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If as a magician in the Philippines you want to add comedy to your show, you should be aware of how many laughs you generate per minute you are onstage.
Laughs-per-minute is the measuring stick used by comic people to gauge the success of their comedy shows.
Just because you can elicit a laugh or two every five minutes with your magic doesn’t mean you are doing comedy. Your show may be funny, lighthearted, or amusing, but those few laughs don’t make it a comedy performance.
If you want to create a comedy magic show (as opposed to just a funny show), you need to raise the number of laughs you can generate per minute onstage. It should be at least at par with the stand-up comedy standard, which is four to six laughs-per-minute. Anything lower than that may make your show fun or at most humorous, but it is not funny enough to be categorized as comedy.
In my book, comedy should be so funny it’s side-splitting, hilarious, and riotous. A comedy magic show, therefore, gets rave review like “knee-slapper,” “puts the audience in stitches”, “gives stomach cramps”, and “audience members rolling in the aisles.”
The distinction between stand-up comedy and funny magic shows is a great quandary I failed to fathom before. Many magicians in the Philippines, without meaning to belittle their comic knowledge, gloss over this truth.
But one day, while watching videos of my show and comparing them to the videos of stand-up comics and ventriloquists, I see the stark contrast. I had an epiphany. Except for a few acts, most parts of my show fall short of the standard of comedy acts when it comes to the number of laughs-per-minute they generate. That means, I have lots of work to do to make my show funnier and elevate it to bona-fide comedy category.
Two routines in my repertoire that can generate huge number of laughs-per-minute is my Burning Handkerchief and Comedy Hand Chopper. But I have been doing these routines for ages now (I don’t include them in my current program anymore), and so the gags, jokes and funny bits just accumulated over the years, rendering these routines powerful laughs-per-minute generators. My Comedy Hand Chopper routine, for example, breaches the industry standard of four to six laughs-per-minutes, as, I think, it racks up a healthy eight or nine laughs-per-minute.
I bought it a long time ago, and just like what I do with my new purchases, I flipped through its pages, admiring its contents, and promising myself to perform it someday. I then put it away, never to glance at it again for a long time to come.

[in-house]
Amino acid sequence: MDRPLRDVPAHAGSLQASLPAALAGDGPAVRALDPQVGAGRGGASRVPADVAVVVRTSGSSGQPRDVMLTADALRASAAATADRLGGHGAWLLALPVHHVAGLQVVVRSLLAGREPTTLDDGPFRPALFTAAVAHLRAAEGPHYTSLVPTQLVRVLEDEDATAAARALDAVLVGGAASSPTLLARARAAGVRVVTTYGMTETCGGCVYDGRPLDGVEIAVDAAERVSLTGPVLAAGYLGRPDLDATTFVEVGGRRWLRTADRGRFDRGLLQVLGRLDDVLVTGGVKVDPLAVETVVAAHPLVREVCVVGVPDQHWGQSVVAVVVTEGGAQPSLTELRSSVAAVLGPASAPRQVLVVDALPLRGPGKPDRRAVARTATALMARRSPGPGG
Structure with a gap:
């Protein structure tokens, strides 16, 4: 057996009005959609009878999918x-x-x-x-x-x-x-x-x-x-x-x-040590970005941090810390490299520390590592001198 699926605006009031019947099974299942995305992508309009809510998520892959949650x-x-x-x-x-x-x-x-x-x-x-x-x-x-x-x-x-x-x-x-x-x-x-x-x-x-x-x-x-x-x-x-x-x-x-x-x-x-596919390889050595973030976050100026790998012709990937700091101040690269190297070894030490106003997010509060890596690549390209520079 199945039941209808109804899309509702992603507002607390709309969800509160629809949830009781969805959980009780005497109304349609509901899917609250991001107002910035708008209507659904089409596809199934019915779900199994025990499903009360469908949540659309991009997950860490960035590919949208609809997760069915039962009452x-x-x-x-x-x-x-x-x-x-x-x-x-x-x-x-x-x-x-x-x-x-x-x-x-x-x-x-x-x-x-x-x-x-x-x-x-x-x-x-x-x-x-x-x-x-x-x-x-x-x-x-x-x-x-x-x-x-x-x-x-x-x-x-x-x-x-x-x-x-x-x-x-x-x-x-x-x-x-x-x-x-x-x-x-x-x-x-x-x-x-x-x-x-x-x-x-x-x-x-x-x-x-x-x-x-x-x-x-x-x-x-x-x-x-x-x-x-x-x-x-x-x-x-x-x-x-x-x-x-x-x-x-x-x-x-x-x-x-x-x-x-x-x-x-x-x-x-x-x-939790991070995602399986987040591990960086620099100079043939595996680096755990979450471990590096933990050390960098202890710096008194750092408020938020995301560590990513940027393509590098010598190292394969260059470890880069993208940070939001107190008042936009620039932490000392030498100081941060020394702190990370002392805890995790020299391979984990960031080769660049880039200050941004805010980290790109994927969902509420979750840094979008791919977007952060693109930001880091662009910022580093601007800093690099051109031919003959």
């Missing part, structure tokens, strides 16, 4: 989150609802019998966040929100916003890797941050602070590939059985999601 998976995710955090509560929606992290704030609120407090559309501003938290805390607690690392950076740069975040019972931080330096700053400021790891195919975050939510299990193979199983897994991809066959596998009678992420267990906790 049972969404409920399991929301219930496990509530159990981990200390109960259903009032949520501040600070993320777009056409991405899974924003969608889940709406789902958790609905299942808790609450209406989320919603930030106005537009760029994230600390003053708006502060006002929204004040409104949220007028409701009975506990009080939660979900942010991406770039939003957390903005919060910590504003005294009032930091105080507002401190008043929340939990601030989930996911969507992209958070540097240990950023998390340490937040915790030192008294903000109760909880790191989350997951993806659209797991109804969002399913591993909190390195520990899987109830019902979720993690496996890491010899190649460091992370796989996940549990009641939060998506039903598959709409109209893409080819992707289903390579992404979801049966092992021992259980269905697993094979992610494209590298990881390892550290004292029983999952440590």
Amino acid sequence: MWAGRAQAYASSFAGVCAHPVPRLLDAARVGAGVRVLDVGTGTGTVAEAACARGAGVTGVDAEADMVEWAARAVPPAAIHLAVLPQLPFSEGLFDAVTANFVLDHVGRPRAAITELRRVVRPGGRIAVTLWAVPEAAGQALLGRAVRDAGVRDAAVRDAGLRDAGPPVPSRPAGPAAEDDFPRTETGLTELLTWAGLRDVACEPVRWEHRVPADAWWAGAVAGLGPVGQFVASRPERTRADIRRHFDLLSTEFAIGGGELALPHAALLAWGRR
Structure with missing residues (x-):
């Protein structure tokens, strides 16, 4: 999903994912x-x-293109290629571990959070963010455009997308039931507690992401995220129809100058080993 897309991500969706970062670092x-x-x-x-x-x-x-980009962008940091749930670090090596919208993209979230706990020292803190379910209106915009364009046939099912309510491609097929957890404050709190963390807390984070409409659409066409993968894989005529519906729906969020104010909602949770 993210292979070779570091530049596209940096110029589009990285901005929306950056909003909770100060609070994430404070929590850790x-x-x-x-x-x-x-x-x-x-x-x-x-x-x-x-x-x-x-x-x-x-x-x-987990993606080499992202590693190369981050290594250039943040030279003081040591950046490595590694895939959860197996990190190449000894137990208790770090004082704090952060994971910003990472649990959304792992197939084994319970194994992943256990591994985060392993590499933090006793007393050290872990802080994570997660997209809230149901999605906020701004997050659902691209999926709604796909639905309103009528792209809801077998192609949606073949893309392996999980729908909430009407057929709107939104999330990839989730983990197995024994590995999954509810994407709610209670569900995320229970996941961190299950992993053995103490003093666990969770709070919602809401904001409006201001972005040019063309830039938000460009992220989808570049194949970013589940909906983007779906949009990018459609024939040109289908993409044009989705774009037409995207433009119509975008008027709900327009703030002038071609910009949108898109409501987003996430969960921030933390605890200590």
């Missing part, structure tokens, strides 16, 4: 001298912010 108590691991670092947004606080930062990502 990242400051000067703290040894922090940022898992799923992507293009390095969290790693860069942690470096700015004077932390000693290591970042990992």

“Zapped” is about a routine that mimics the Electric Chair effect, only safer and without the fear of potentially offending an audience volunteer. This should sit well with the politically correct magicians, who are averse to magic tricks that are meant to raise laughter at the expense of audience assistants.
If memory serves me right, I bought my copy of “Zapped” from Hank Lee’s for $15. I never got around to doing it right away, and so it sat on my book shelf for ages.
Then came the Dingle show. Boy Alviz wanted me to perform the Wakeling Sawing illusion, because our sponsor, Dingle Mayor Palabrica, specifically requested a version of the cutting-a-lady-in-half to be included in the program.
As Ricki Dunn writes in his book, he does “Zapped” as a lead-in to a rope trick. “Zapped”, by itself, is not a magic trick, but a comedy interlude used to lead to the performance of a main trick.
I needed a lead-in to my presentation of Wakeling Sawing illusion, so I resurrected my copy of “Zapped”, studied it, and rehearsed it when I arrived in Iloilo.
I didn’t expect much from “Zapped,” specially since it would be the first-time I’d be performing it. I could imagine its hilarious potentials from reading the book, but I didn’t expect I could get much from it, specially during a maiden performance.
Boy, was I wrong. “Zapped” brought the house down. The moment the laughter began, it never stopped. Forget about counting laughs-per-minute. The number of laughs could not be counted. What ensued was just a long, sustained, unbroken stream of laughter.
Watch the video of “Zapped” and see what I mean. (My apologies to the English-speaking readers of this blog. In the performance, I’m using Taglish [Tagalog/English] patter. Still, you need not understand what I’m saying. The comedy is not verbal. It is largely visual, situational and character driven. It should be understood by even those who don’t speak Taglish.)
If only I could generate that sustained laughter every time in all my routines, I’d be famous by now.
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